improvements. Mr. Barnhart assisted in building the first saw-mill on Elk run, as
well as the first house erected in that locality, that of David Smith, which is still
standing. By industry and economy he managed to clear and improve hit, farm, on
which he resided up to his death. May 18, 1894, being then one of the oldest citizens
in the township. On February 18, 1843, Mr. Barnhart married Sarah Harrison, a
daughter of John and Eachel (Freese) Harrison, who became the mother of ten
children, viz: Ann Elizabeth, wife of Justus D. Strait, of Gaines; Darwin, of the
same township; John M., Eachel 0., deceased; Amanda, wife of Oscar Macumber,
of Wisconsin; JuHa, deceased; Idessa M., wife of N. L. Hanscom, of Marshfield;
Justus W., deceased; Otis, and Ambrose B., the last two of whom reside with their
mother on the old homestead. Mr. Barnhart took an active interest in the affairs of
his township, and served as collector and treasurer. He was a kind husband and
father, a good citizen, and an honest, worthy man.

David Smith, a son of David Smith, Sr., was a native of New Haven county,
Connecticut, and came from Chenango county. New York, to Tioga county, Penn-
sylvania, in the fall of 1833. Thirteen years later he and his son, Octaviiis A., came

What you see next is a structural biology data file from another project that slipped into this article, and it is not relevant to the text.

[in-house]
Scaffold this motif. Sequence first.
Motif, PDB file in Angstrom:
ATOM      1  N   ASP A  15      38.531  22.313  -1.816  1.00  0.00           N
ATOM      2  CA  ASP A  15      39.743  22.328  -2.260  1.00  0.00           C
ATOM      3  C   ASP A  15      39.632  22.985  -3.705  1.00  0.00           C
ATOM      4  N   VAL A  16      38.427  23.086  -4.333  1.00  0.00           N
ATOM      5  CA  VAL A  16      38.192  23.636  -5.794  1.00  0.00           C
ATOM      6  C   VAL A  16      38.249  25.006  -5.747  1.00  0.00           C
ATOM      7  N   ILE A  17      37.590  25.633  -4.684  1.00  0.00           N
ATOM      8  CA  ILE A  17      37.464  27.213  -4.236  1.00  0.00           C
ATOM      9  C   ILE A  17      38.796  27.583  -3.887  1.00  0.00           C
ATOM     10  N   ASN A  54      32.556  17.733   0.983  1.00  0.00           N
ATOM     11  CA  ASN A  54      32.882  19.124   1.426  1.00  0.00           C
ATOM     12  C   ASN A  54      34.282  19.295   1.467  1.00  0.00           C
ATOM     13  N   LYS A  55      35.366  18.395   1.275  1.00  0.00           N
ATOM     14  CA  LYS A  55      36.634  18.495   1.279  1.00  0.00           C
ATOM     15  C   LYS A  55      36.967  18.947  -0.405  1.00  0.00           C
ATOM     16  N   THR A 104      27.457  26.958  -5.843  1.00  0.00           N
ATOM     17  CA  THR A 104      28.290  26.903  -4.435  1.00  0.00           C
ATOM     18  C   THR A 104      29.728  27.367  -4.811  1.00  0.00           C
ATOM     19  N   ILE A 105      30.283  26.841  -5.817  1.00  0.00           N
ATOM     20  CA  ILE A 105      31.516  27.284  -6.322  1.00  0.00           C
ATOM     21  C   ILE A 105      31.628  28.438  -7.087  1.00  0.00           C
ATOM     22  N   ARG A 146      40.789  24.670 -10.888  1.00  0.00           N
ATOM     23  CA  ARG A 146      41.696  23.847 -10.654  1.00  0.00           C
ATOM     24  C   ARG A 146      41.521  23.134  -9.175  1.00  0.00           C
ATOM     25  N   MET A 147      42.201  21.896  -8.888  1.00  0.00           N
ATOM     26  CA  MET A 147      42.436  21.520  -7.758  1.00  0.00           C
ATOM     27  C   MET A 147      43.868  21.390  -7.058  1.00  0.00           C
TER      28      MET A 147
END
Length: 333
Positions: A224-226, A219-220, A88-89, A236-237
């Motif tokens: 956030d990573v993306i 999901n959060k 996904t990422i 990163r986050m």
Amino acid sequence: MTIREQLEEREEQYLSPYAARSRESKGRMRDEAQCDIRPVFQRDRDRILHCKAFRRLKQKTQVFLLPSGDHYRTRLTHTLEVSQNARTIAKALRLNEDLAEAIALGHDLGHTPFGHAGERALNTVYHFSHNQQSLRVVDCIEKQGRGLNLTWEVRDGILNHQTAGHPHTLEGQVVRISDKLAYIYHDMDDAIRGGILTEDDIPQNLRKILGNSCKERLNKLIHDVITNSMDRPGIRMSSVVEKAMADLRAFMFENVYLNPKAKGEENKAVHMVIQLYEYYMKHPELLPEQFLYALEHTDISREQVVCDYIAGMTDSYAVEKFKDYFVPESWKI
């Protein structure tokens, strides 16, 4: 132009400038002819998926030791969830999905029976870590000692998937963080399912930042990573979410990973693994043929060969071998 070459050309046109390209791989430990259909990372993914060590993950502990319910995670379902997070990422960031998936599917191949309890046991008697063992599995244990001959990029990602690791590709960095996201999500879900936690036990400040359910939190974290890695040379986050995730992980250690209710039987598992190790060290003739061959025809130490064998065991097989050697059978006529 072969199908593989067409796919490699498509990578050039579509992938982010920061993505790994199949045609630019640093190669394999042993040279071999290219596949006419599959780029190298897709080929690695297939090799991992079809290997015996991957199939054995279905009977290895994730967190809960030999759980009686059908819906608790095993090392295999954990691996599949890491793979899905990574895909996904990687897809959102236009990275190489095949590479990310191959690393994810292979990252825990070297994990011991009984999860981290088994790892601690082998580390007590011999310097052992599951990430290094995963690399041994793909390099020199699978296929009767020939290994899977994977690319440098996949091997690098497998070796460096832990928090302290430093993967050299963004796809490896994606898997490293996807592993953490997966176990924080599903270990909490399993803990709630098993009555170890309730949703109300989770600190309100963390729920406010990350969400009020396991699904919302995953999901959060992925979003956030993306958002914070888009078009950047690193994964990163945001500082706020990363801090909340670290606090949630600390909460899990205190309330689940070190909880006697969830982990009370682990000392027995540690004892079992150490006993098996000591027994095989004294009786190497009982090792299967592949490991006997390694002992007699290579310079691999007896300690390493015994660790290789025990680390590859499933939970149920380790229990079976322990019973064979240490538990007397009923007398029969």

to the place now called Marshfield, Gaines township, cleared a piece of land, and
made other preparations for building a home. In February following he came again
and built a log house, which he occupied the following spring. This was the first
permanent settlement made on Elk run, though there was at the time a saw-mill in
operation about a mile from the mouth of that stream, of which John L. Phoenix, Sr.,
was proprietor. Mr. Smith lived on this farm up to the fall of 1869, when his feeble
health compelled him to take up his residence with his son, Octavius A , at whose
home he died March 15, 1870, aged eighty-eight years. His widow, whose maiden
name was Lomanda Wright, survived until April 30, 1875. They were the parents
of twelve children, nine of whom grew to maturity.

Octavius A. Smith, son of David and Lomanda Smith, was bom in Chenango
county, New York, May 5, 1833, and was only a few months old when his parents
came to Tioga county. Here he grew to manhood, receiving his education in the
public schools and Wellsboro Academy. About 1854 he located on a tract of timber
land near the site of what is now Marshfield, in Gaines township, and commenced
clearing and improving it, teaching school during the winter seasons. He has con-
tinued in agricultural pursuits on this farm up to the present, which he cleared
principally by his own individual efforts, and now in his riper yeaxs is enjoying the
fruits of a life of honest, persistent labor. Mr. Smith was married May 36, 1863, to
Hannah Kleinhans, a daughter of Carl and Wilhelmina (Hoeppe) Kleinhans, who
has borne him two children, viz: Marshall M., a merchant of Gaines, and WiUiel-
mina, wife of Prof. W. 0. Eobinson, supervisory principal of of the Athens High
schools, Athens, Pennsylvania. Mr. Smith has been township auditor for thirty